Brad Ackerson
Brad Ackerson
Brad is a third-year student from Fredericton who is majoring in film production and history. This is his second year with The Bruns and first as Features Editor. He is passionate about storytelling in all its forms and hopes to use his new position to share a wide variety of the most compelling stories from campus and around the city. In his spare time you can often find him hanging out at The Cellar, checking out local bands downtown or binge-watching Black Mirror for the millionth time.
March 18, 2019

From the archives - February

Photo shows editions of some of The Brunswickan's coverage of Winter carnival | Photo by Jessé Moura

With Winter Carnival 2019 now in the rearview mirror, we thought it would be interesting to take a look back at The Brunswickan’s coverage of some past winter carnivals at UNB and see how the event has changed over the years. While this year’s version seems to have been a success, the same can’t be said for some winter carnivals of the past. Needless to say, this longtime UNB tradition has seen its share of ups and downs, with overspending and vandalism being the two most common issues.

The Jan. 15, 1960 edition of The Brunswickan shows that the amount of money spent on winter carnival has always been one the primary pitfalls associated with the event. Coverage focused on the fact that the 1960 Winter Carnival committee had requested and received an increase in the price of event passes to $2.50. However, what winter carnival looked like back then is what we find most interesting. A far cry from a Shaun Frank concert, a performance of the musical Rose Marie headlined the 1960 Winter Carnival. The cost of the production was said to be over $1500. Also, apparently UNB’s winter carnival was considered a big enough deal that it received coverage on national television.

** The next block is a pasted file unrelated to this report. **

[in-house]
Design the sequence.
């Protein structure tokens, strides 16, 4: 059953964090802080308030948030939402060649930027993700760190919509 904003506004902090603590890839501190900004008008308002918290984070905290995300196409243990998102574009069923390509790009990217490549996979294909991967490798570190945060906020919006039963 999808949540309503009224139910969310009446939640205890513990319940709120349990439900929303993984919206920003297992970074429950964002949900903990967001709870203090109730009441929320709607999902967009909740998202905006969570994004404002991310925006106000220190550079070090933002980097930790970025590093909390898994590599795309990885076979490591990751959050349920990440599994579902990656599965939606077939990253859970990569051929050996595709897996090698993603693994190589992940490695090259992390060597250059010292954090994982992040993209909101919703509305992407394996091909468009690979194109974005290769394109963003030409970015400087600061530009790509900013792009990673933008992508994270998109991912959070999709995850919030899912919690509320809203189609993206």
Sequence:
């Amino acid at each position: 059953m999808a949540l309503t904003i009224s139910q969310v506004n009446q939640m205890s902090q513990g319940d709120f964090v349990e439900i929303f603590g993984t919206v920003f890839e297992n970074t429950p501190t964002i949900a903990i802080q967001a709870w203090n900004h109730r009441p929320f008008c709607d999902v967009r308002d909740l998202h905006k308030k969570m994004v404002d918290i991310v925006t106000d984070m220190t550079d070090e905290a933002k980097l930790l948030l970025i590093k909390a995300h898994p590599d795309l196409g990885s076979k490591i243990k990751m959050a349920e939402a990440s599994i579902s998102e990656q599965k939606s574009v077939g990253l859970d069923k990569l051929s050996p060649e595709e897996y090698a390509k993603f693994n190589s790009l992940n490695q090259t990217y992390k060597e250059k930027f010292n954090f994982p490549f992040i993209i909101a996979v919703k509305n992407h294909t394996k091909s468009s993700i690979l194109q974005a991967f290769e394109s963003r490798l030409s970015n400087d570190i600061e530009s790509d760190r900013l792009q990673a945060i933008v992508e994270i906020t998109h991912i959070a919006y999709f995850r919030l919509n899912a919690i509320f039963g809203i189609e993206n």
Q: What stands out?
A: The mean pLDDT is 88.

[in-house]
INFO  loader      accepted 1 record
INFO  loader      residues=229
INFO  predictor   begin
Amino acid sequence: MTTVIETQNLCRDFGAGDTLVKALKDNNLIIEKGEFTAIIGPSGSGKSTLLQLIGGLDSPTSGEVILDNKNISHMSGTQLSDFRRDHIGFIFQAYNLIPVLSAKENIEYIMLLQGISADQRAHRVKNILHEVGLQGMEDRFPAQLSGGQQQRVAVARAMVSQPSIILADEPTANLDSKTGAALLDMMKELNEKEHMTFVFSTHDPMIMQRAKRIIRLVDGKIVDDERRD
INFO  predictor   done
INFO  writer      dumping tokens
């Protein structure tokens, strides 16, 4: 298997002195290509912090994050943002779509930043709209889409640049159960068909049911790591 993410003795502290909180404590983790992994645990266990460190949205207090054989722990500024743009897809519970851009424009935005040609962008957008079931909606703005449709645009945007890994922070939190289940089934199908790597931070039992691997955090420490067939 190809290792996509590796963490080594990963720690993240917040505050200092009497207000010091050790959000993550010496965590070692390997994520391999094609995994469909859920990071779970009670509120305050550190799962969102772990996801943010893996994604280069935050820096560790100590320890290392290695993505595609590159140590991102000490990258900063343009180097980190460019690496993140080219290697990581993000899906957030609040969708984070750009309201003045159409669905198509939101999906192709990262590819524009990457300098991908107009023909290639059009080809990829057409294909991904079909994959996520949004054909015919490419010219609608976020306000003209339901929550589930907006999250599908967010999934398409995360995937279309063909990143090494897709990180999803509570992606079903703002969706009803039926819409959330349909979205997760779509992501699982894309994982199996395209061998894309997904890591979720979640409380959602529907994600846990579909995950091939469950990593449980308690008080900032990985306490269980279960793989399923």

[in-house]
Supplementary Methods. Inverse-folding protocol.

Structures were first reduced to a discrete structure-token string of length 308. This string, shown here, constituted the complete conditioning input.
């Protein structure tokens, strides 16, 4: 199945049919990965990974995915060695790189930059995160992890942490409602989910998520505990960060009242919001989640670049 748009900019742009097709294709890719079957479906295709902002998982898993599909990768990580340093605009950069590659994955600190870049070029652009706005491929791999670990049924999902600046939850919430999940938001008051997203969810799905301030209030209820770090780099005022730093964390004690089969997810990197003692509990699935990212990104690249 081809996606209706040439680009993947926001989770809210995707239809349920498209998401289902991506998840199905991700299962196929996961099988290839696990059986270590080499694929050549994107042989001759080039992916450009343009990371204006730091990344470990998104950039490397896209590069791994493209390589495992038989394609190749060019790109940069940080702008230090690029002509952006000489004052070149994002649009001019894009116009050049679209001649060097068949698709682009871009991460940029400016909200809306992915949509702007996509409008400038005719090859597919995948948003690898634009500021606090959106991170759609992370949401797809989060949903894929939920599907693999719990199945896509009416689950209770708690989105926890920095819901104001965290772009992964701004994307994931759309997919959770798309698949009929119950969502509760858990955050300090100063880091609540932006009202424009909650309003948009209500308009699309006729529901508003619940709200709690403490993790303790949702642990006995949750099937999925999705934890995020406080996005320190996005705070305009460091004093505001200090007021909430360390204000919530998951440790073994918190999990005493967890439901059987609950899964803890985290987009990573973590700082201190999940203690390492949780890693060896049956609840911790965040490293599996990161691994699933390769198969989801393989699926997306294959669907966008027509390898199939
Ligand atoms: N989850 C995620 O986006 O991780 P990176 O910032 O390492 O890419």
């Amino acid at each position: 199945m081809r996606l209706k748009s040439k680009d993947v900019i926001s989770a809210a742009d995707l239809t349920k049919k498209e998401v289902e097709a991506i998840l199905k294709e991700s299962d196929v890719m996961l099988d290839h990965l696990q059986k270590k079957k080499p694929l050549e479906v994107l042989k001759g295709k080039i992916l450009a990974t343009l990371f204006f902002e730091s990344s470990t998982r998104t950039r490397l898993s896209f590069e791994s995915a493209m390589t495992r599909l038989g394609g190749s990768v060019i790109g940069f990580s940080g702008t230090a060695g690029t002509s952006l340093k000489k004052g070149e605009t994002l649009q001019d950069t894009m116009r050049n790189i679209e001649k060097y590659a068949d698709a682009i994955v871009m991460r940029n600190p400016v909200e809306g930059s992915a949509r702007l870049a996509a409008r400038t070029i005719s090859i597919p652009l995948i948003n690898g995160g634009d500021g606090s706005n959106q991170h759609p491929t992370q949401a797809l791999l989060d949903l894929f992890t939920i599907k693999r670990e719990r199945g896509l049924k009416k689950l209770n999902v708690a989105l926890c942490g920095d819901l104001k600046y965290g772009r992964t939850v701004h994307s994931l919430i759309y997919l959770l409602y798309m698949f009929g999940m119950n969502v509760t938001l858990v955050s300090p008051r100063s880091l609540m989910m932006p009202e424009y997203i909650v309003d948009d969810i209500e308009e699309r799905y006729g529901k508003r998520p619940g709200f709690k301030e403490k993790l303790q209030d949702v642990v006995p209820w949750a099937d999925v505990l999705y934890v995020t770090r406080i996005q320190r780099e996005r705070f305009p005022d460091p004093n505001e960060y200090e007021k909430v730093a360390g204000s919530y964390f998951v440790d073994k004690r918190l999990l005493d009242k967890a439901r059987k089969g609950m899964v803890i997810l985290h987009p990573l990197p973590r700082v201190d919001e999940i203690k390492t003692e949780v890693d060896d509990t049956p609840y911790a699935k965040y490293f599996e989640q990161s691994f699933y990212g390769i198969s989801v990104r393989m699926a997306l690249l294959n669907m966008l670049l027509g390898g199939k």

Winter Carnival ‘72 was considered a smashing success, although this should be taken with a small grain of salt considering most of the comments praising the festival were from members of the Student Union or winter carnival committee. With that said, referring to the carnival as a “smashing” success was quite fitting considering the numerous broken windows, chairs and the “assaulted” men’s washrooms during the event. According to the SUB director at the time, Kevin McKinney, the damage done was “not nearly as bad as the past two years.” This makes us wonder, what the hell happened in ‘70 and ‘71? Another interesting note is the fact that they had planned some sort of skydiving event but were ultimately forced to cancel it. We can’t imagine why!

Finally, we jump ahead to Winter Carnival ‘78 when The Bruns’ post-carnival coverage painted a far less rosy picture. That year’s version was apparently plagued by financial issues, with then-chairperson Barry Newcombe attributing its large deficit to a “lack of experience, rising costs, underbudgeting, unrealistic projections on attendance and consumption of beverages at events, and some mismanagement.” Perhaps giving out free steaks to attendees wasn’t a great idea?

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